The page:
Info

Scrap/Revert

Scrap/Revert

Casings Blades Vanes Integral Wheel

Blades

Disks

Rolled Rings

Casings Blades Vanes Integral Wheel

Blades

Disks

Rolled Rings

Fig. 6.4. Process Flow for Superalloy Components8

but better creep and stress rupture properties. Accordingly, wrought alloys are used where tensile strength and fatigue resistance are important, such as disks, and cast alloys are used where creep and stress rupture are important, such as turbine blades. It should also be noted that the amount of alloying is so high in some superalloys that they cannot be produced as wrought products (which are produced from large diameter ingots); they must be produced as either castings or by powder metallurgy methods. In general, the more heat resistant the alloy, the more likely it is to be prone to segregation and brittleness, and therefore formable only by casting or by using powder metallurgy techniques.

Two processes are used for the production of forged superalloys, ingot metallurgy and powder metallurgy. Ingot metallurgy9 often involves triple melt technology which includes three melting steps followed by homogenizing and hot working to achieve the desired compositional control and grain size. The three melting steps include (1) VIM to prepare the desired alloy composition, (2) ESR to remove oxygen containing inclusions and (3) VAR to reduce compositional segregation that occurs during ESR solidification. Melting is followed by homogenizing and hot working to achieve the desired ingot homogeneity and grain size.

Powder metallurgy (PM)9 is often required for high volume fraction y' strengthened alloys, such as René 95 and Inconel 100, which cannot be made by conventional ingot metallurgy and forging without cracking. The PM process (Fig. 6.5) includes (1) VIM to prepare the desired alloy composition, (2) remelt-ing and atomizing to produce powder, (3) sieving to remove large particles and inclusions (>50-100 ^m in diameter), (4) canning to place the powder in a container suitable for consolidation, (5) vacuum degassing and sealing to remove the atmosphere and (6) hot isostatic pressing (HIP) or extrusion to consolidate the alloy to a billet. During HIP, small (<20 ^m) pores containing argon can be collapsed and tend to stay closed if subsequent processing temperatures are not significantly above the original HIP temperature. Billets are then subsequently forged to final part shape.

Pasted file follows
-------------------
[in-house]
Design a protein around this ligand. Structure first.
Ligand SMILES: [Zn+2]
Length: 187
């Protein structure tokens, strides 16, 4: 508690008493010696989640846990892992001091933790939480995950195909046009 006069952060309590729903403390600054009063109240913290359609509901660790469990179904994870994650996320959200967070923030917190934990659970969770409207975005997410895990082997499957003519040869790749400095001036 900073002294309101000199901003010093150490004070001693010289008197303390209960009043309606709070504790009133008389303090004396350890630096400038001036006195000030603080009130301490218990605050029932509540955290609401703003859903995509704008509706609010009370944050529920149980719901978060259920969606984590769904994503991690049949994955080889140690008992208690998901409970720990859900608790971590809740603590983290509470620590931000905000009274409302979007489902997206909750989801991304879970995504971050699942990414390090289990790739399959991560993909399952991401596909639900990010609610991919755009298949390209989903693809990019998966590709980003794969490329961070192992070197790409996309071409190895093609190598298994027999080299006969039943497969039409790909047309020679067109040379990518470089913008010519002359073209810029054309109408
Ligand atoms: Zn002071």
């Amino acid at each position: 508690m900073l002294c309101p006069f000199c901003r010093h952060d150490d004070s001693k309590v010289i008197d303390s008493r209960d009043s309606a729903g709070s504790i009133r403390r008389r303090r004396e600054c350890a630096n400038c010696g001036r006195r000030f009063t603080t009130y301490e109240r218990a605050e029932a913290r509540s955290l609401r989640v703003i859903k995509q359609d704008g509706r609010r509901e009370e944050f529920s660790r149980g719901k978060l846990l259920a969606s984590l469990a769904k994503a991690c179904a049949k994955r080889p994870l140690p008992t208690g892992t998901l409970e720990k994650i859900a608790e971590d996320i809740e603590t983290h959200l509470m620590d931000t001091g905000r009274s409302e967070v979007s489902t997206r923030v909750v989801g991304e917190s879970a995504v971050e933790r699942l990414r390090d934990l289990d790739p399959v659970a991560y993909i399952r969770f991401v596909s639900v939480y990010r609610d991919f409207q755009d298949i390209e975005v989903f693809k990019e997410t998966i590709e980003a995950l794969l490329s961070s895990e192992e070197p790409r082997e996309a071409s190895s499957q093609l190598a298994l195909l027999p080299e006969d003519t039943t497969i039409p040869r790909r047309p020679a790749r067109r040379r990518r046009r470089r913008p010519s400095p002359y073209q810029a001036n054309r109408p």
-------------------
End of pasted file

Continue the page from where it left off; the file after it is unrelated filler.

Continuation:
Creep failures are known to initiate at transverse grain boundaries, and it is possible to eliminate them in cast turbine blades to obtain further improvements in creep and stress rupture resistance. This can be achieved by directional solidified (DS) castings with columnar grains aligned along the growth direction, with no grain boundaries normal to the high stress direction. Further, by incorporating a geometric constriction in the mold or by the use of a seed crystal, it is possible to eliminate grain boundaries entirely and grow the blade as one single crystal (SX). The elimination of grain boundaries also removes the necessity for adding grain boundary strengthening elements, such as carbon, boron, zirconium and hafnium.10 The removal of these elements raises the melting point and allows higher solution heat treatment temperatures with improvements in chemical homogeneity and a more uniform distribution of y' precipitates.7

Vacuum Induction Melt

Remelt and Atomize

Vacuum Induction Melt

Remelt and Atomize

Vacuum

Screen

Screen

Vacuum

Sieve

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